Nobel laureate Richard Roberts explains the importance of adenovirus in the landmark discovery of RNA splicing and his love for ‘failed’ experiments.
Adenoviruses are best known for their role in causing illness. They may have been to blame for some of the colds and sore throats you’ve suffered through. But around CSHL, the adenovirus is far from a villain—it’s a hero so celebrated that its likeness adorns a beloved spot on campus (it’s the hexagonal object at the very top of the rod in the photo above).
It was through experiments on adenovirus that scientists discovered the phenomenon now known as RNA splicing, a key to the genome’s ability to generate astounding complexity. Except at first, these experiments appeared to have been utter failures, explains Richard Roberts, who shared the 1993 Nobel Prize in Physiology or Medicine with Philip Sharp of MIT for this immense discovery.
One day in 1977, Roberts says, a postdoc named Rich Gelinas working in his lab at CSHL came to him completely puzzled by the results of an experiment on adenovirus. Where he expected to see 15 or 20 spots in his test results, he saw just one. Roberts remembers that he “immediately said, ‘Better go back and do it again because obviously something went wrong along the way.’” The repeated experiment, even more curiously, yielded precisely the same result.
According to Roberts, this usually means one of two things happened with your experiment: either you ‘screwed it up’ or ‘nature is trying to tell you something.’
Each spot in this kind of test represents a segment of an individual RNA, a molecule that helps ferry genes’ instructions from DNA to the machinery that builds proteins, the workhorses of the cell. Roberts and his team were trying to understand the basic process of how information encoded in DNA is translated into proteins. Adenovirus was such a useful model organism because unlike many other viruses and bacteria, it has linear DNA, just like humans do. Yet it’s a simple entity that makes just a few dozen proteins—perfect for exploring this basic process.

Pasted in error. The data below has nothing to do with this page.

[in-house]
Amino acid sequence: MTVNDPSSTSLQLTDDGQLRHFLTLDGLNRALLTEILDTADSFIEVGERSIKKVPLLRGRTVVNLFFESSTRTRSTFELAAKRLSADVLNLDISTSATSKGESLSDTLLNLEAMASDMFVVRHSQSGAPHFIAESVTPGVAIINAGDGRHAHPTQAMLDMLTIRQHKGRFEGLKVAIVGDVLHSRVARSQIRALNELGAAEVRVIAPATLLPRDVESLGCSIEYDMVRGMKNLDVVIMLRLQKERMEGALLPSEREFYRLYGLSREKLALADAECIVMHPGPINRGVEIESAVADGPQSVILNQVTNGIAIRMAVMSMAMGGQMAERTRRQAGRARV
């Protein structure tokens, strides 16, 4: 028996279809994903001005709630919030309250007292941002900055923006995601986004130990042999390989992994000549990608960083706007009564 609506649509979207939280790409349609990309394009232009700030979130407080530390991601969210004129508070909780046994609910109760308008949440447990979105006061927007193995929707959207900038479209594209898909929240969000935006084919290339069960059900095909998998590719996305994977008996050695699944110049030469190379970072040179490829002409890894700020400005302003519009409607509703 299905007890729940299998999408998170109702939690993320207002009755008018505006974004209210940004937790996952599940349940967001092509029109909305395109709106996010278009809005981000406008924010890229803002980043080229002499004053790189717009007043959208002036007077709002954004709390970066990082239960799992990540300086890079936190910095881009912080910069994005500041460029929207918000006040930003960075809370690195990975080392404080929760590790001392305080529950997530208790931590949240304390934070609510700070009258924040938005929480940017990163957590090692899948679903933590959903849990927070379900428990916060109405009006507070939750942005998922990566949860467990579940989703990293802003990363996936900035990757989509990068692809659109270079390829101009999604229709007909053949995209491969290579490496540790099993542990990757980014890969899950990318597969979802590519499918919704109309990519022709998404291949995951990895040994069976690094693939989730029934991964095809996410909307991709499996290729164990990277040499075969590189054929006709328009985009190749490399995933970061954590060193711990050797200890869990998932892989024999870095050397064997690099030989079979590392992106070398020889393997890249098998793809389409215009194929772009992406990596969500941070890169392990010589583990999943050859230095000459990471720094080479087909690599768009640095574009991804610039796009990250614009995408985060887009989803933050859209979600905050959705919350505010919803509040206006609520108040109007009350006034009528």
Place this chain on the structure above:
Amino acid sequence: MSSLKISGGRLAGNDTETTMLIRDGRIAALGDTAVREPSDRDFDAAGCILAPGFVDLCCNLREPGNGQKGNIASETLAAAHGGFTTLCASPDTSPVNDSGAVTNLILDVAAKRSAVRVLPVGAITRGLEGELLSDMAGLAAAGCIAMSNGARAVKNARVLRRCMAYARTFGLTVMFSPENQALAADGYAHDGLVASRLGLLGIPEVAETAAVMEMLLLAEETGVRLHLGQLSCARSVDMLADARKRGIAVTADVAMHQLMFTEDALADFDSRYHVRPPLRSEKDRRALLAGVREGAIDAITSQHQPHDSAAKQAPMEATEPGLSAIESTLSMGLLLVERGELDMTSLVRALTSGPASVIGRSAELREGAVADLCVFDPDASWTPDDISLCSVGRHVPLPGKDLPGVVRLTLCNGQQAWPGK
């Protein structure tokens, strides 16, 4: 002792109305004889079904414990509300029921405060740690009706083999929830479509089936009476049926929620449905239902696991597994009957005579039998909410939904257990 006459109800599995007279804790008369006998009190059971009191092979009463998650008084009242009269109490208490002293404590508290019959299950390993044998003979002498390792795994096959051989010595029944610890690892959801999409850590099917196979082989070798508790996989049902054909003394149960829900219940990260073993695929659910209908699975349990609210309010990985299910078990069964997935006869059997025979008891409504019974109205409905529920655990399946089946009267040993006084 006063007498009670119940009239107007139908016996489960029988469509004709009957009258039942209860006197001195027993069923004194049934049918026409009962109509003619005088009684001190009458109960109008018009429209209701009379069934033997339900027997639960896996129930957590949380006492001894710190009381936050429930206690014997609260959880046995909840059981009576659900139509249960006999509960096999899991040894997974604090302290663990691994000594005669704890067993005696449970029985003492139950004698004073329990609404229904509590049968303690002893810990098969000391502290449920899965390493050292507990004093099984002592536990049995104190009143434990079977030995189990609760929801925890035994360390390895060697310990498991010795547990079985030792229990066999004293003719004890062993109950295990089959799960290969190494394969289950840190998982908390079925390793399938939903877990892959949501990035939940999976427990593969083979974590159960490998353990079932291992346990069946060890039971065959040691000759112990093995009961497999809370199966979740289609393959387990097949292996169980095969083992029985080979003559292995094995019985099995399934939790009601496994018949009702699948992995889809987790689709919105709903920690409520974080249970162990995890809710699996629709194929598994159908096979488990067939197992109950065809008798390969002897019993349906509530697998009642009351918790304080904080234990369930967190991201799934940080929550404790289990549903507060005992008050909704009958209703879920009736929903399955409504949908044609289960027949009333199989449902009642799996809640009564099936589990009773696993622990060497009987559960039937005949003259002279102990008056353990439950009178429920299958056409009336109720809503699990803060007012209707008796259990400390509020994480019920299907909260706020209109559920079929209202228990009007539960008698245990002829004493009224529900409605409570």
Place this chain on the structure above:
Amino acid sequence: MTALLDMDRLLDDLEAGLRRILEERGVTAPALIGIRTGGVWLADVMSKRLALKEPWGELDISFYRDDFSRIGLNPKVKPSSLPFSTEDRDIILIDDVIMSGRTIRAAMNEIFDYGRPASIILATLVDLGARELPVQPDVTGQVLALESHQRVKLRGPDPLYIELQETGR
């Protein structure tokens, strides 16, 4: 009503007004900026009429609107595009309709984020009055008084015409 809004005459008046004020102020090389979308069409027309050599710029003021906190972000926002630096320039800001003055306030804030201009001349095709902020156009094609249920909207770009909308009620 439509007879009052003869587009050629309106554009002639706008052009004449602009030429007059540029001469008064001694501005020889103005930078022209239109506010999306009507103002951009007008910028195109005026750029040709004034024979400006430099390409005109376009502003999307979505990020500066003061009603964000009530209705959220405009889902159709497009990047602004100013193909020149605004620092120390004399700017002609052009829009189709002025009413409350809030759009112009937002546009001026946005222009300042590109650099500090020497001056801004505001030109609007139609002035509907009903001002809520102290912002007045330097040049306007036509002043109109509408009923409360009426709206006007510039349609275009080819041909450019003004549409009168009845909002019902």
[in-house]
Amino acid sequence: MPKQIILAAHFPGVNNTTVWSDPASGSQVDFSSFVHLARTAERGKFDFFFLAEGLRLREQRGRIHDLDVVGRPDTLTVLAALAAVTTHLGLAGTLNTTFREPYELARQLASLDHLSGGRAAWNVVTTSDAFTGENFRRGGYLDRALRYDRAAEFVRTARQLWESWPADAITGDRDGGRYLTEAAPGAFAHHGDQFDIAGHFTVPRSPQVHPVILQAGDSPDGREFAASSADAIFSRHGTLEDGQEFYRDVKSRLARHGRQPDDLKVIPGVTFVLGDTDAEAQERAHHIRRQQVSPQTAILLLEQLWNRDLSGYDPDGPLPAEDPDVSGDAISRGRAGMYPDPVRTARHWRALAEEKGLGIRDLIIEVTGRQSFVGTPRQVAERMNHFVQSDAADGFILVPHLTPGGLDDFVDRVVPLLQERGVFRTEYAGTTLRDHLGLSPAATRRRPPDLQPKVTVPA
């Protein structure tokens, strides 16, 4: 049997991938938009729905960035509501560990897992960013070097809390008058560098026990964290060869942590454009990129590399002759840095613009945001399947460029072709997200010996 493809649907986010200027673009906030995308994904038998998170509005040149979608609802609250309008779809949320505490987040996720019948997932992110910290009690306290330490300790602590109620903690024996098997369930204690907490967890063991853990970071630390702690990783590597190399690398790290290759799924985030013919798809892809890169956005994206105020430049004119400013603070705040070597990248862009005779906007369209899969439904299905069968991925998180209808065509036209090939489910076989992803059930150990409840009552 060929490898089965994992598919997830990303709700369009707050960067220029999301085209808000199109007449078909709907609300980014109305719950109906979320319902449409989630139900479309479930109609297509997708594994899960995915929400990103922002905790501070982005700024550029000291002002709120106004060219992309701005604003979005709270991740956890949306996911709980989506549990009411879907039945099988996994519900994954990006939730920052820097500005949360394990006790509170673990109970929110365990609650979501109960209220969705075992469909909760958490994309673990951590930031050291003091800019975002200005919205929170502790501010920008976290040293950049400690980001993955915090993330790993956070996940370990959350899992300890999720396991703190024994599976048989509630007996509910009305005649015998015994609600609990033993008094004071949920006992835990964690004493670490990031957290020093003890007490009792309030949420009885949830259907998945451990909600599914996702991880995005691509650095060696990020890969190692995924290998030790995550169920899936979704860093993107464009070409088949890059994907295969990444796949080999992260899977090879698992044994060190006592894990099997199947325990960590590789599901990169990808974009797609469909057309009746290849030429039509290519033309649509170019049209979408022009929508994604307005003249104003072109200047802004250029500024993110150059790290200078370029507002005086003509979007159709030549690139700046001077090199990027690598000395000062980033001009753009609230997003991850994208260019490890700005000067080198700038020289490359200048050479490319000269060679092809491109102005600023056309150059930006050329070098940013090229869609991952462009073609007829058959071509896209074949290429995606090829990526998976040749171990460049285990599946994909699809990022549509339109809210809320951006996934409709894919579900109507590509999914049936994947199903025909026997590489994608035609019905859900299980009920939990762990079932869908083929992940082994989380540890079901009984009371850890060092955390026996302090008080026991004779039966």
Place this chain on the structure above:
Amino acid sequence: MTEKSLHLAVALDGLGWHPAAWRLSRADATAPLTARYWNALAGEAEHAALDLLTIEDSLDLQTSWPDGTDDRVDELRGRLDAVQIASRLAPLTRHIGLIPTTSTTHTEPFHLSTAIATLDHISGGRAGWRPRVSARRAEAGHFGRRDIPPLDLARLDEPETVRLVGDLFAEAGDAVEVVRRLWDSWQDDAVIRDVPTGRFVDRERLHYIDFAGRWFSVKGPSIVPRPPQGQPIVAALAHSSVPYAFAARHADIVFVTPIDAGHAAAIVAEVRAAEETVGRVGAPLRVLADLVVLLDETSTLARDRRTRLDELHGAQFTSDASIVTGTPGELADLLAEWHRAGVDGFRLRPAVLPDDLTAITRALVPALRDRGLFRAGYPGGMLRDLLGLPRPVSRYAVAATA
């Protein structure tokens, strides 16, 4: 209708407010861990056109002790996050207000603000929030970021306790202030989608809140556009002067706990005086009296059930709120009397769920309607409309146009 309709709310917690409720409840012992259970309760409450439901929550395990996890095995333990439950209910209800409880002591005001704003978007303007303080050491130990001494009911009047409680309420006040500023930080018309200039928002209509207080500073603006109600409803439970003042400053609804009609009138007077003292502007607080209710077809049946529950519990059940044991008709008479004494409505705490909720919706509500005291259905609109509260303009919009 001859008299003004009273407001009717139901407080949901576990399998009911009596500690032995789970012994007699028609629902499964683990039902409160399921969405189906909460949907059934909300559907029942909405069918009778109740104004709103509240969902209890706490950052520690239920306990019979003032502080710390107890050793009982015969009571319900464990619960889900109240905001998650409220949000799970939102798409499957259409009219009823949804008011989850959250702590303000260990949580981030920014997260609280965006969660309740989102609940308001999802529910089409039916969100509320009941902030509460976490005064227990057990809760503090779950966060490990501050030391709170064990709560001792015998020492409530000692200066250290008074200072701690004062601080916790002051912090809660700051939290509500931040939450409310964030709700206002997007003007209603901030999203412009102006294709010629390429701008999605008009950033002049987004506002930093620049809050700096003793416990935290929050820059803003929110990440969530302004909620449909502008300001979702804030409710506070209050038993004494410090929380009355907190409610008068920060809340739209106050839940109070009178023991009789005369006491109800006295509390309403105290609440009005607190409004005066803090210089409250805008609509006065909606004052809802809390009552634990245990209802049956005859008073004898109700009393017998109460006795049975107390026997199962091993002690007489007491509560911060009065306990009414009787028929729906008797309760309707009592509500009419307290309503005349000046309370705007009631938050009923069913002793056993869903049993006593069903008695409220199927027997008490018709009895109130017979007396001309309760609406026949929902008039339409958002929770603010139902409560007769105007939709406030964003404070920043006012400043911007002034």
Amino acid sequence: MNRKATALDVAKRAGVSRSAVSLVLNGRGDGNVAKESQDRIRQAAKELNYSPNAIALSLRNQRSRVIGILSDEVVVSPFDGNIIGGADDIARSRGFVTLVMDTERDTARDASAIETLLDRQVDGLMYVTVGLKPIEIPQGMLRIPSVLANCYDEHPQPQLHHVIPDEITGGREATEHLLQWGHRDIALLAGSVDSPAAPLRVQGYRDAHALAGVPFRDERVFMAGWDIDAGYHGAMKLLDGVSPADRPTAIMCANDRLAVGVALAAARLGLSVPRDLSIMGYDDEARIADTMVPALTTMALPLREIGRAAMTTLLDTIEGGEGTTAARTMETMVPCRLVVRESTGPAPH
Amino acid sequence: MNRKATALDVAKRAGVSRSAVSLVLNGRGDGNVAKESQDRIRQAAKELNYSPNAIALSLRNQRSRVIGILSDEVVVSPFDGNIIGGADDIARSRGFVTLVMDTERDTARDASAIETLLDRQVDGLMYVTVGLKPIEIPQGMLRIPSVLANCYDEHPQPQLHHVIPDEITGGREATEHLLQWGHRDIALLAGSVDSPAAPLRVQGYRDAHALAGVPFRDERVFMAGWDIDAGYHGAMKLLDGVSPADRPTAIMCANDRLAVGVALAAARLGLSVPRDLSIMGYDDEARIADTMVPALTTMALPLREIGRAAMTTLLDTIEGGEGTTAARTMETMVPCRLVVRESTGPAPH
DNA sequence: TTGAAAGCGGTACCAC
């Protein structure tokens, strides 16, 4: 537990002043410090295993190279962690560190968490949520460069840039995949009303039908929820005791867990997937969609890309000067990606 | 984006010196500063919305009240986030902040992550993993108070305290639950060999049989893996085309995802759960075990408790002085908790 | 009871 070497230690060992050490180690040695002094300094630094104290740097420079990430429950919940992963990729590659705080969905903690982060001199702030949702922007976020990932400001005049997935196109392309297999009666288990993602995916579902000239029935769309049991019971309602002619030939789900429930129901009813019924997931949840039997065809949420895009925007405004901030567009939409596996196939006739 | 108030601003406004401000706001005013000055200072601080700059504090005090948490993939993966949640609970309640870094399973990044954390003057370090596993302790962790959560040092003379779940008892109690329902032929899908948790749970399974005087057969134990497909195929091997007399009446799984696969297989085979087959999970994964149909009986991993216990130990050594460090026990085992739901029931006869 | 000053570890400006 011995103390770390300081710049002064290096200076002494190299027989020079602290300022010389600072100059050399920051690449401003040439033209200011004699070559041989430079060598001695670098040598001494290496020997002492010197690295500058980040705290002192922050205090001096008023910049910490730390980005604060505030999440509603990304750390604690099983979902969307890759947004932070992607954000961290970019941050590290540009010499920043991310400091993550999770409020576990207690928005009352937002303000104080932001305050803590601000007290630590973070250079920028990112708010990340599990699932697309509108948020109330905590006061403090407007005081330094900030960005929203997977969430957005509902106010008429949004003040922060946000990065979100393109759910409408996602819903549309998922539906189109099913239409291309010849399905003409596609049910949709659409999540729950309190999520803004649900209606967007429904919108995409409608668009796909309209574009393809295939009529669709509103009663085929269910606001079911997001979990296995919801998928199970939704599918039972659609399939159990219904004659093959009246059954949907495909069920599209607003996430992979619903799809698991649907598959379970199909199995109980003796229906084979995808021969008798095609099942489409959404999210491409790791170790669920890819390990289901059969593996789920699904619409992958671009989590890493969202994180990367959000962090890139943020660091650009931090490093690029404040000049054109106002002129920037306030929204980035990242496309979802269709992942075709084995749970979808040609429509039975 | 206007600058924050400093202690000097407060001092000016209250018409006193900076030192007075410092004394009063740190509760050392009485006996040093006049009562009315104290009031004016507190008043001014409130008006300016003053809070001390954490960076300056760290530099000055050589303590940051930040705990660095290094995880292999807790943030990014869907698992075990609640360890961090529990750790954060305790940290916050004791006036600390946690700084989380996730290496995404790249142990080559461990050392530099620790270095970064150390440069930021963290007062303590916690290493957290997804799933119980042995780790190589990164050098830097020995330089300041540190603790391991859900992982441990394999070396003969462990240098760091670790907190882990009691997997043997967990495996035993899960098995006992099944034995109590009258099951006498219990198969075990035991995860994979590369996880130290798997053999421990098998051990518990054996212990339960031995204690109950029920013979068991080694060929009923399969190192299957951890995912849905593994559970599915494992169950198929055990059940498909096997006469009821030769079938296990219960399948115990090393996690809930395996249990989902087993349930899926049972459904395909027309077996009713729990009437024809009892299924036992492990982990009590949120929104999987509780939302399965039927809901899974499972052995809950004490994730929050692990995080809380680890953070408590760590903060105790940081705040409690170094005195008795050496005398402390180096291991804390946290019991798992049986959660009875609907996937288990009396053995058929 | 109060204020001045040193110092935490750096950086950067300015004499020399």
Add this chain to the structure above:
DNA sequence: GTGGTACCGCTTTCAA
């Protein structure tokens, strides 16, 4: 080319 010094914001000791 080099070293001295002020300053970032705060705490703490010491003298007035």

At the end of this experiment, Roberts and Gelinas expected to see many spots because they knew that adenovirus makes dozens of proteins. And they knew that there are different RNAs that carry the instructions for each different protein. This result showing just one kind of RNA didn’t make sense. According to Roberts, this usually means one of two things happened with your experiment: either you “screwed it up” or “nature is trying to tell you something.”
“This is why I love failure when you’re doing experiments.”
This time, it was the latter—nature was telling them about the strange, ingenious, and never-before-recognized process of RNA splicing. It turns out that one gene doesn’t necessarily contain the instructions for only one protein, as was previously thought. Pieces of information in a single gene can be arranged, or spliced, in different combinations to produce a variety of proteins.
This rearranging of a gene’s information can’t happen in DNA, since that’s the permanent copy. Instead, splicing happens after the gene’s information gets copied into an RNA molecule. These raw RNA molecules then get chopped up into modular bits of information and then spliced together into unique combinations. That one spot that Roberts and his postdoc saw? It was an RNA “module” that is part of multiple RNAs—a clue that the final, “edited” protein-encoding RNA messages of genes are formed through splicing.
“This is why I love failure when you’re doing experiments,” Roberts says. Nature was indeed trying to tell them something. They had stumbled upon one of the reasons that the number of genes that an organism has doesn’t always correspond to the complexity of that organism. Humans have about 10,000 fewer genes than corn, for example, and this is one of the reasons. Our 21,000 genes contain information for the manufacture of many, many times more proteins—the number is still unknown, but is estimated at anywhere from 250,000 to one million!
Just as important, errors in splicing can cause disease. The leading genetic cause of death among infants is a disease called spinal muscular atrophy, and central in its pathology is an error in RNA splicing. Knowledge of splicing has made it possible to develop a drug called nusinersen, which corrects the error and is now in late-stage clinical trials—and achieving amazing results so far, in very sick infants and young people. There are many players in that story who deserve recognition for their role in making the drug possible, a story we will be writing more about in the months to come. Certainly, adenovirus is one of those players—perhaps the most overlooked.